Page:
Lesson 1: Meet the Penguins
Goal: Read informational text to discover facts about four different kinds of penguins, then observe live penguins and record findings
Materials: Meet the Penguins Student Worksheet 1; Penguin Scorecard Student Worksheet 2
Time required: 40 minutes
1. Discover what students know about penguins. Use the Creature Features facts at the bottom of this lesson to guide a spirited conversation.
2. Explain that students are taking part in the new program Antarctica: Empire of the Penguin. Everyone will have a chance to shine because the program includes opportunities for reading, math, science, and art.
Discover the facts:
3. Distribute a copy of Student Worksheet 1 to each student and read Puck's letter aloud. Remind (or tell) students that a species is an animal group that has shared features and can breed.
4. Encourage older students to highlight the facts in the letter. With all students, identify and discuss the facts, allowing them to share what they already knew and did not know.
5. Go to www.scholastic.com/antarctica and open the Penguin Cam. Explain that this is a real-time view of what the penguins at SeaWorld are doing right now.
6. Distribute Student Worksheet 2 to each student. Explain that students will take the facts they learned from Student Worksheet 1 to see what characteristics they can observe live and what new things they can learn through careful observation.
7. Read the directions on the Penguin Scorecard and provide 10 minutes for students to complete their observations. (Note: If you do not have online access in your classroom or if time is limited, these observations can be completed as a homework assignment.)
8. Engage students in a conversation on what they thought about while watching. Ask: Which behaviors were more common? What behaviors were not on the scorecard? What did you learn about penguins?
- Younger Students: The Penguin Scorecard provides many facts about four penguin species. If time is limited, you can simply read the information and ask them to find which species is the largest or smallest of the four. Students can create a penguin using craft supplies (click here for instructions).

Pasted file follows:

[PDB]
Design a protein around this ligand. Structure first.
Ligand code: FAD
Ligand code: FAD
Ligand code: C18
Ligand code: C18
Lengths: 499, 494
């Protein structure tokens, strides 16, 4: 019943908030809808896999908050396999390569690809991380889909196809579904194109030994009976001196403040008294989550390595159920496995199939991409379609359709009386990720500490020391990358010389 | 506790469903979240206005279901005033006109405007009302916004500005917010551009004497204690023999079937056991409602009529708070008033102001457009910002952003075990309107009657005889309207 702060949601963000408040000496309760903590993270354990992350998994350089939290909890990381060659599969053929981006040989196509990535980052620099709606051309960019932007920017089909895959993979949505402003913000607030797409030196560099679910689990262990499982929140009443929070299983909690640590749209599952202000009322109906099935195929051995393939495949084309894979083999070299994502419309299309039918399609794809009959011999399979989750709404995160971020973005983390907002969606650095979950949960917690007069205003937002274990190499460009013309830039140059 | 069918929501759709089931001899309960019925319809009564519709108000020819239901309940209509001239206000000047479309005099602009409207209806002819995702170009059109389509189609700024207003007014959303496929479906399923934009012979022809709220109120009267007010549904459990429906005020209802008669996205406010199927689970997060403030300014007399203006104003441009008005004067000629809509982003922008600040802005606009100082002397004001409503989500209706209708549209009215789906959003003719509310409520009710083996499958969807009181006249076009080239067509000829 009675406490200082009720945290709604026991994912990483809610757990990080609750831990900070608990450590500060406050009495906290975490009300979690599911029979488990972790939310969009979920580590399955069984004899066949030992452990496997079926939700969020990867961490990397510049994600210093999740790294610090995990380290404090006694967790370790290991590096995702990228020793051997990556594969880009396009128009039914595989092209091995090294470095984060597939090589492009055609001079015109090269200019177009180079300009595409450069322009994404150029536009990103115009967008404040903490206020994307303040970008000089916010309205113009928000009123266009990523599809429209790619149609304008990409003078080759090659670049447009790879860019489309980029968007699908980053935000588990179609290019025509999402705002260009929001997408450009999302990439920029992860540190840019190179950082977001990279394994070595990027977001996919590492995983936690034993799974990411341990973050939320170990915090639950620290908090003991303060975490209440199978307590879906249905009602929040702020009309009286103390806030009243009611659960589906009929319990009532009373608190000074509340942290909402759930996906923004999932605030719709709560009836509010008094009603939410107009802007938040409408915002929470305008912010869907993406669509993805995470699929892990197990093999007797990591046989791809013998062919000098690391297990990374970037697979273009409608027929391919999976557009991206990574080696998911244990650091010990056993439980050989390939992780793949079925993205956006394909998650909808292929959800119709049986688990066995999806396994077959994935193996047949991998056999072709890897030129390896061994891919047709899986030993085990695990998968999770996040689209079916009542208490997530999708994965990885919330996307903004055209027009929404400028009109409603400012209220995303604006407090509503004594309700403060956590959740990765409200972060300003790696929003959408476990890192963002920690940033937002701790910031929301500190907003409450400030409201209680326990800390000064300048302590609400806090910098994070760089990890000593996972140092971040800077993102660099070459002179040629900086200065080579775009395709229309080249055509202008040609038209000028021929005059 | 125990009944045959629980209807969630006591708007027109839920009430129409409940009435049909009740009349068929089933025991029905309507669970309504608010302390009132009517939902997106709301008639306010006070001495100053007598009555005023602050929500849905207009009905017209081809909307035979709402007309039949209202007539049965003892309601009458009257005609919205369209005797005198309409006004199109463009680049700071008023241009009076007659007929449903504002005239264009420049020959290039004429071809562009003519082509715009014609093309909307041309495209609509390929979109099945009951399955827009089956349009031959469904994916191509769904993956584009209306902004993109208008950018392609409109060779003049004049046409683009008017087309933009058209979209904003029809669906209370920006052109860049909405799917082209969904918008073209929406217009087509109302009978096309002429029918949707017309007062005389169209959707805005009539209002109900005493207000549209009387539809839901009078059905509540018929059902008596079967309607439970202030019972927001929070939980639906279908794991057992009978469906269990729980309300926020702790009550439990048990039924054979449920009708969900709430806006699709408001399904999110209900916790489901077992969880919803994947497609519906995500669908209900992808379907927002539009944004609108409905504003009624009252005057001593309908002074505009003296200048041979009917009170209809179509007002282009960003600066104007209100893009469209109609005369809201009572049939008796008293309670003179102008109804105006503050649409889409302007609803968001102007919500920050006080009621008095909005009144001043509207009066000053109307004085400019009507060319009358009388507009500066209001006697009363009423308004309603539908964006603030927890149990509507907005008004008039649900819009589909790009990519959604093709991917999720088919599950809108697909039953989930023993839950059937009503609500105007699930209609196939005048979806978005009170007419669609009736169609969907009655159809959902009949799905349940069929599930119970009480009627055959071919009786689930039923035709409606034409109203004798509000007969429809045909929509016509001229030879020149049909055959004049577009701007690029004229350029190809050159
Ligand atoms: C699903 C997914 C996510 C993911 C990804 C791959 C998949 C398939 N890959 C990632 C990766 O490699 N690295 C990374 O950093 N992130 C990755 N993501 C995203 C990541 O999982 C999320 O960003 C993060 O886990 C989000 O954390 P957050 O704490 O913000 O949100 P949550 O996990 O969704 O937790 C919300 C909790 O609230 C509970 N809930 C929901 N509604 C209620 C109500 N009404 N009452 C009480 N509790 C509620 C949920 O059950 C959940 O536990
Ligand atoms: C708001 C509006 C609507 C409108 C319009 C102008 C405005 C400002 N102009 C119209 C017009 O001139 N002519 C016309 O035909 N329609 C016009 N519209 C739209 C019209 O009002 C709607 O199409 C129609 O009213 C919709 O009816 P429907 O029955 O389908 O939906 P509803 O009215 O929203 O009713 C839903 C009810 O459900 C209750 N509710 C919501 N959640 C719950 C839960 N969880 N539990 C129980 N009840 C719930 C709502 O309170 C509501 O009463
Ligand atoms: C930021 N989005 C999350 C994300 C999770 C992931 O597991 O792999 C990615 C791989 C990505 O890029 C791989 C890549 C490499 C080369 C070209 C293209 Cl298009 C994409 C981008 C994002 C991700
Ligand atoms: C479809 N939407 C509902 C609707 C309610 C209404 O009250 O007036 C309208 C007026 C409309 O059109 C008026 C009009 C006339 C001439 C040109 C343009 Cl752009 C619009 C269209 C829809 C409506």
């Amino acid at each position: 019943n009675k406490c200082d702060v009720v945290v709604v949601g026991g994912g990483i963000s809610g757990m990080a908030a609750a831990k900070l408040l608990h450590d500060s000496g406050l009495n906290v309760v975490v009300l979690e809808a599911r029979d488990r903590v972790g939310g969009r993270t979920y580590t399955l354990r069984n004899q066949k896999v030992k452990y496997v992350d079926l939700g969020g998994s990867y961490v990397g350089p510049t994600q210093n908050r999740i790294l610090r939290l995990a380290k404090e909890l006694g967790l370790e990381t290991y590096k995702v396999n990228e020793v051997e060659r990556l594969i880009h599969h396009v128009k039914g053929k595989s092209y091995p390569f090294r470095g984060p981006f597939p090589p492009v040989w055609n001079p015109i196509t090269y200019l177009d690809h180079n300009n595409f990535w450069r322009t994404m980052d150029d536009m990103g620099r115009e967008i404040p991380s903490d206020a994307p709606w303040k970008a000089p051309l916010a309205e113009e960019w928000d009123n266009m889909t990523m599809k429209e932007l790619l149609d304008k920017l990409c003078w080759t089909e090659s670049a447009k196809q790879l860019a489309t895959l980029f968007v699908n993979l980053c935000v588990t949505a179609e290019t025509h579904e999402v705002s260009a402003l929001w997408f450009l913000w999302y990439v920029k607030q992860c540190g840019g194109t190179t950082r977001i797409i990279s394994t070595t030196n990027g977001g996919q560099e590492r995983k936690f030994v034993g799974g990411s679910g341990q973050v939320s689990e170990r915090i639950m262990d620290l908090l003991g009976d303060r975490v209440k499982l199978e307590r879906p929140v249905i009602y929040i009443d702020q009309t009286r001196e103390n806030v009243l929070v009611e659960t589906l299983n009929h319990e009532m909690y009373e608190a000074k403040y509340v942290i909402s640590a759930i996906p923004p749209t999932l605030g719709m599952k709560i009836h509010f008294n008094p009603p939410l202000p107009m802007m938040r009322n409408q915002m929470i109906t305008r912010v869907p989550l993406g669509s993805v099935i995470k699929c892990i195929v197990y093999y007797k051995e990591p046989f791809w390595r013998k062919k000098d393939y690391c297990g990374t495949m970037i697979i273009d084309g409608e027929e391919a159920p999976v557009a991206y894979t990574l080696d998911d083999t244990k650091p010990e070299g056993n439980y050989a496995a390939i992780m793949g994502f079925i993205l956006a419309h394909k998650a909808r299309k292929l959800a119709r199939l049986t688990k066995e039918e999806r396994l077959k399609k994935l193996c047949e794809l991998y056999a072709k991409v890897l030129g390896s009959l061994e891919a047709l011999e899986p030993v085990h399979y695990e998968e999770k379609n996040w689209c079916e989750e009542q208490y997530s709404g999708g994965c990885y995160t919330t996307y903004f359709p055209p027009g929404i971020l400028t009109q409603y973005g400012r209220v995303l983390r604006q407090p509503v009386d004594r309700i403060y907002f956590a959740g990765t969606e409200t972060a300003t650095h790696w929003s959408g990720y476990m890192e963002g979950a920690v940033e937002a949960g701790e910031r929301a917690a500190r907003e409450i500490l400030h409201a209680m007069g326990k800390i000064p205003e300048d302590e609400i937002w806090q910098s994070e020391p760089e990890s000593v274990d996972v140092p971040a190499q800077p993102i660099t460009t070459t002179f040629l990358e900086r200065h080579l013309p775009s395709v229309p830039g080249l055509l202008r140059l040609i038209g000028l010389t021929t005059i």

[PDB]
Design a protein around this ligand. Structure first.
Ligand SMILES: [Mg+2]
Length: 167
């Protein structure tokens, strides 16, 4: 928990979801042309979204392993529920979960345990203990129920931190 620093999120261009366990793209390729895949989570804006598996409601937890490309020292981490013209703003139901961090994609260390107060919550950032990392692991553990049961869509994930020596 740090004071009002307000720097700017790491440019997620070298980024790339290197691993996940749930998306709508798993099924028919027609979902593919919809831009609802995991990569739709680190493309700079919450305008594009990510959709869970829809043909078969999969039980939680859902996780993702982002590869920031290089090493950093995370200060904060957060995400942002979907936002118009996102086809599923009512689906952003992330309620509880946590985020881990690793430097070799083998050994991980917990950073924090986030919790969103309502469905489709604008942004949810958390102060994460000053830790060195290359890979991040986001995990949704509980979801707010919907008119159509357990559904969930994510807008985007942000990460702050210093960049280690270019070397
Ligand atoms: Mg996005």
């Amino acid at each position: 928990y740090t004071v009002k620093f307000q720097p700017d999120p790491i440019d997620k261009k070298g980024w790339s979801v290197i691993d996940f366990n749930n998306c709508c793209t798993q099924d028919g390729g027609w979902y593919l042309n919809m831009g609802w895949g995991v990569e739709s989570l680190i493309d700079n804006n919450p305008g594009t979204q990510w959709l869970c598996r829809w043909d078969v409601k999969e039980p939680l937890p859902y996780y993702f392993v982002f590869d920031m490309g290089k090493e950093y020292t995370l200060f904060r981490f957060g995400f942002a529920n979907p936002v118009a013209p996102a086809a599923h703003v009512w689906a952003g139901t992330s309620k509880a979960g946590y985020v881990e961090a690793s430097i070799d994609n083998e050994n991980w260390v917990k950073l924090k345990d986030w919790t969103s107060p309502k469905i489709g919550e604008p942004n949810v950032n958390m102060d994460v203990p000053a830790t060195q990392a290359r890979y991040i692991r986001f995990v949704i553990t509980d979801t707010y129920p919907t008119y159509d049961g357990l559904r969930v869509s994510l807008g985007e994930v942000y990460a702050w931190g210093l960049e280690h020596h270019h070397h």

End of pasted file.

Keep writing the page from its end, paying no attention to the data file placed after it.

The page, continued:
- Science Extension: Challenge students to research other kinds of penguins and create additional cards based on the ones they have been given.
- Math Extension: Use a ruler and whiteboard to show the four penguin heights on a bar graph. Then challenge students to graph the information about penguin weights.
- Some penguins spend up to 75 percent of their lives in water.
- Their eyes work better underwater than in air.
- Emperor penguins dive deeper than any bird.
- Their wings have evolved into flippers.
- Penguins' ears are hidden under feathers.
- They are carnivores. Each species eats a different assortment of marine animals.
- Penguins live on and around Antarctica. But they also live on the coasts of South Africa, South America, Australia, and New Zealand.
- The colonies farthest north are on the Galapagos Islands. Those penguins sometimes, but not often, reach into the northern hemisphere while hunting.
- Most penguins build nests of pebbles and other materials for their eggs. But king and emperor penguins warm their eggs on the tops of their feet, under a flap of skin called a brood pouch.
- Some penguin chicks' feathers are dark blue, not black.
- The most common misconceptions are that: 1) penguins can fly (they don't); and 2) penguins only live where there is ice (some penguins live in warmer climates like Galapagos penguins that live at the equator).
This program meets education standards including the Common Core State Standards for English Language Arts and Literacy in History/Social Studies, Science, and Technical Subjects, Common Core State Standards for Mathematics, and National Science Education Standards. Click below for your grade's curriculum matrix: